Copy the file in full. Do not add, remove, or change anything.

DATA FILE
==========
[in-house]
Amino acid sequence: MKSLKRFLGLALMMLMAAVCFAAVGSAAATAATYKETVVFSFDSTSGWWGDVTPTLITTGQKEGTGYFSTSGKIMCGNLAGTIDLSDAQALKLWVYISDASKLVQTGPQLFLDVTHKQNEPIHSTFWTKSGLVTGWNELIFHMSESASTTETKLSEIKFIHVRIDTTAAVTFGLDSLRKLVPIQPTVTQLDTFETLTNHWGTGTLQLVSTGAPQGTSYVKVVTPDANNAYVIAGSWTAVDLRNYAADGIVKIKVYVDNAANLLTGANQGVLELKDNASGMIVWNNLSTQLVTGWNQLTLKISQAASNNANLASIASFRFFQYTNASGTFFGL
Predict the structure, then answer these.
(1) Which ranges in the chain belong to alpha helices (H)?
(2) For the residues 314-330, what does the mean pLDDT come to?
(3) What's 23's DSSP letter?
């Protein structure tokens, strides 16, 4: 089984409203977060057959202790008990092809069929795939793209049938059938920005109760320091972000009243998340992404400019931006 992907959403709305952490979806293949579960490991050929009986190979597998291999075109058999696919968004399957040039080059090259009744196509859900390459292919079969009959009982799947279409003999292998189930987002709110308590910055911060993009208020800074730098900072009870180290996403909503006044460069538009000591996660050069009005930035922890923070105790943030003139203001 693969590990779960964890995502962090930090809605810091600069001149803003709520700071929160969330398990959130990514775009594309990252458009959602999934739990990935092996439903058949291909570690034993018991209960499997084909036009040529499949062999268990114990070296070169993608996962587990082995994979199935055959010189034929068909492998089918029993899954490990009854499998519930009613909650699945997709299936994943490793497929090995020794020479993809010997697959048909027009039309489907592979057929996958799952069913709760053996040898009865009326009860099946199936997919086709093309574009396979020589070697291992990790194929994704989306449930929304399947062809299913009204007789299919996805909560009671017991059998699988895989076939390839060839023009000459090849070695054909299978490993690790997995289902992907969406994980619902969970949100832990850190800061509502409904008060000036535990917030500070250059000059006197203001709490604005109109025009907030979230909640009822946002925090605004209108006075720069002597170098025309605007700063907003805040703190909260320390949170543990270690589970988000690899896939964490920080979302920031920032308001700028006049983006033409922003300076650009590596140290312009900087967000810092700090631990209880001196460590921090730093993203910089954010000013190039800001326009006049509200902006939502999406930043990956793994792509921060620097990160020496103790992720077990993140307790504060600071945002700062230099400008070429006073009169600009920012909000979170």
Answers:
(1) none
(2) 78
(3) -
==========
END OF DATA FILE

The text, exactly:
[in-house]
Amino acid sequence: MKSLKRFLGLALMMLMAAVCFAAVGSAAATAATYKETVVFSFDSTSGWWGDVTPTLITTGQKEGTGYFSTSGKIMCGNLAGTIDLSDAQALKLWVYISDASKLVQTGPQLFLDVTHKQNEPIHSTFWTKSGLVTGWNELIFHMSESASTTETKLSEIKFIHVRIDTTAAVTFGLDSLRKLVPIQPTVTQLDTFETLTNHWGTGTLQLVSTGAPQGTSYVKVVTPDANNAYVIAGSWTAVDLRNYAADGIVKIKVYVDNAANLLTGANQGVLELKDNASGMIVWNNLSTQLVTGWNQLTLKISQAASNNANLASIASFRFFQYTNASGTFFGL
Predict the structure, then answer these.
(1) Which ranges in the chain belong to alpha helices (H)?
(2) For the residues 314-330, what does the mean pLDDT come to?
(3) What's 23's DSSP letter?
């Protein structure tokens, strides 16, 4: 089984409203977060057959202790008990092809069929795939793209049938059938920005109760320091972000009243998340992404400019931006 992907959403709305952490979806293949579960490991050929009986190979597998291999075109058999696919968004399957040039080059090259009744196509859900390459292919079969009959009982799947279409003999292998189930987002709110308590910055911060993009208020800074730098900072009870180290996403909503006044460069538009000591996660050069009005930035922890923070105790943030003139203001 693969590990779960964890995502962090930090809605810091600069001149803003709520700071929160969330398990959130990514775009594309990252458009959602999934739990990935092996439903058949291909570690034993018991209960499997084909036009040529499949062999268990114990070296070169993608996962587990082995994979199935055959010189034929068909492998089918029993899954490990009854499998519930009613909650699945997709299936994943490793497929090995020794020479993809010997697959048909027009039309489907592979057929996958799952069913709760053996040898009865009326009860099946199936997919086709093309574009396979020589070697291992990790194929994704989306449930929304399947062809299913009204007789299919996805909560009671017991059998699988895989076939390839060839023009000459090849070695054909299978490993690790997995289902992907969406994980619902969970949100832990850190800061509502409904008060000036535990917030500070250059000059006197203001709490604005109109025009907030979230909640009822946002925090605004209108006075720069002597170098025309605007700063907003805040703190909260320390949170543990270690589970988000690899896939964490920080979302920031920032308001700028006049983006033409922003300076650009590596140290312009900087967000810092700090631990209880001196460590921090730093993203910089954010000013190039800001326009006049509200902006939502999406930043990956793994792509921060620097990160020496103790992720077990993140307790504060600071945002700062230099400008070429006073009169600009920012909000979170």
Answers:
(1) none
(2) 78
(3) -